Knowledge and attitudes as predictors of intentions to seek help for and disclose a mental illness

Psychiatr Serv. 2011 Jun;62(6):675-8. doi: 10.1176/ps.62.6.pss6206_0675.


Objective: Individuals often choose not to seek help for or disclose their mental illness. This study examined whether having more positive attitudes and more knowledge about mental illness could predict intentions to seek help from a general practitioner and to disclose a mental illness to friends and family members.

Methods: A Department of Health survey in England assessed knowledge about mental illness, attitudes toward people with mental illness, and level of contact with someone with a mental illness among 1,751 adults representative of the general population.

Results: With controls for social grade and race-ethnicity, intentions to seek help were predicted by better knowledge about mental illness, tolerance and support for community care of mental illness, and older age. Willingness to disclose one's mental illness was associated with better knowledge.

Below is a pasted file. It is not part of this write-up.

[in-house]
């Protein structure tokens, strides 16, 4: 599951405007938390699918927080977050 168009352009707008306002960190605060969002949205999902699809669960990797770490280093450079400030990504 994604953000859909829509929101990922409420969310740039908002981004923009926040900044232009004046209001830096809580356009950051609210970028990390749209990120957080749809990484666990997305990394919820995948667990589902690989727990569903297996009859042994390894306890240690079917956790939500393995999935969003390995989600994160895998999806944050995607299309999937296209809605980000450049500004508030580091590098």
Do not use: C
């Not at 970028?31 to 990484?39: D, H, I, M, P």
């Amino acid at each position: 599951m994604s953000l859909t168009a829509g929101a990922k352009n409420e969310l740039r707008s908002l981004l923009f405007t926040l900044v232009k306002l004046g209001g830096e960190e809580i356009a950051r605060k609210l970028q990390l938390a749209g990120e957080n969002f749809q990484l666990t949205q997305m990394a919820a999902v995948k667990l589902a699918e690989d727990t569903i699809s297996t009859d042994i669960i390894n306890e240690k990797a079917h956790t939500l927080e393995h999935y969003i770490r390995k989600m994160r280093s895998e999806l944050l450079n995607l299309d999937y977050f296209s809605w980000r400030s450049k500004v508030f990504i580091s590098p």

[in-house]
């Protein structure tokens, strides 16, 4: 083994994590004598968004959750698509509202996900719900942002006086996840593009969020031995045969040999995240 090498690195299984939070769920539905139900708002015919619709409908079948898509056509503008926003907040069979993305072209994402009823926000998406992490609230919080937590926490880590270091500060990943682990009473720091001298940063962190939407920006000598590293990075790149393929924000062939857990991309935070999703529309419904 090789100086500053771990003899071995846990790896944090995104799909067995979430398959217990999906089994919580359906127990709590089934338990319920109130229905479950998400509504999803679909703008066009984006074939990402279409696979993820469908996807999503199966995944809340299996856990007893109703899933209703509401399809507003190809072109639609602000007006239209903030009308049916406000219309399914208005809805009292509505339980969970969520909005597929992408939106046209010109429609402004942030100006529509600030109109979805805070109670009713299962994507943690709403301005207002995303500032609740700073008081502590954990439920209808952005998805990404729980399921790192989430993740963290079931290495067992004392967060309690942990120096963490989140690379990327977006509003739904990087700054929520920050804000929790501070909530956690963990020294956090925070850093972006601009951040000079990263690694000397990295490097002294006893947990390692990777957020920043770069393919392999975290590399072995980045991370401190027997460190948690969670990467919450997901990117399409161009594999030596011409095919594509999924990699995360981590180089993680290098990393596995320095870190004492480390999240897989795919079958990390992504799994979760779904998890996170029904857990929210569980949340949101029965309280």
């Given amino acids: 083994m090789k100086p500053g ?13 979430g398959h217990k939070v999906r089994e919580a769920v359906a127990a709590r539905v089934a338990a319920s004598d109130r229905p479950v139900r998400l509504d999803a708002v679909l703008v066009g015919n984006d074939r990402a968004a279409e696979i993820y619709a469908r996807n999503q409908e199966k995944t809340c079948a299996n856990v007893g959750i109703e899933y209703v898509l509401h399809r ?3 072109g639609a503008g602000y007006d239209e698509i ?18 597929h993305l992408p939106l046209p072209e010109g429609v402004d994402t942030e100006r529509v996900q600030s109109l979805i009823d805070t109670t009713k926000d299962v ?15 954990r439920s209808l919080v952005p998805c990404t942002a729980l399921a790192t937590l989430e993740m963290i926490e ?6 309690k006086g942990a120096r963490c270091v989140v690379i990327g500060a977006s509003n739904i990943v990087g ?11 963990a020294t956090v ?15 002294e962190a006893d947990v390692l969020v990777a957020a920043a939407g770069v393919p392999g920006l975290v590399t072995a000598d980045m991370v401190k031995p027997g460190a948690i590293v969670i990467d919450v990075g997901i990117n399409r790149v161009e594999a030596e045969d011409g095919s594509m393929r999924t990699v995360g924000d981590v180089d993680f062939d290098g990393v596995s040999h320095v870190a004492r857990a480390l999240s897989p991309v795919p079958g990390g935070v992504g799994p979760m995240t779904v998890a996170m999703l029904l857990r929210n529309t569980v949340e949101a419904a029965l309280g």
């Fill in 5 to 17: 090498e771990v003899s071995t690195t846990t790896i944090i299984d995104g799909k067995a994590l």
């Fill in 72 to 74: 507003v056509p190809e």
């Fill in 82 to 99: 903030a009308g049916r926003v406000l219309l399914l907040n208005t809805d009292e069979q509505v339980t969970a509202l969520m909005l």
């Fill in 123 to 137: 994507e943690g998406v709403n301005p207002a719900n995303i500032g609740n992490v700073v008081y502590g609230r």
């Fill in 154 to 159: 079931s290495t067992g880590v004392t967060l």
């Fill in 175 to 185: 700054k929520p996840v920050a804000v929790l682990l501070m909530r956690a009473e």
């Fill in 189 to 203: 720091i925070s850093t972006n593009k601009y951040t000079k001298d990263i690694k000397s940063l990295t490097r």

Conclusions: Initiatives that increase knowledge and positive attitudes about mental illness among the general population may improve the extent to which individuals seek help for and disclose a mental illness.

Publication types

  • Research Support, Non-U.S. Gov't

MeSH terms

  • Adult
  • Age Factors
  • Aged
  • Community Mental Health Services
  • England
  • Family / psychology
  • Female
  • Friends / psychology
  • General Practice
  • Health Education
  • Health Knowledge, Attitudes, Practice*
  • Health Surveys
  • Humans
  • Intention*
  • Male
  • Mental Disorders / diagnosis
  • Mental Disorders / psychology*
  • Mental Disorders / therapy*
  • Middle Aged
  • Patient Acceptance of Health Care / psychology*
  • Prejudice
  • Public Opinion
  • Self Disclosure*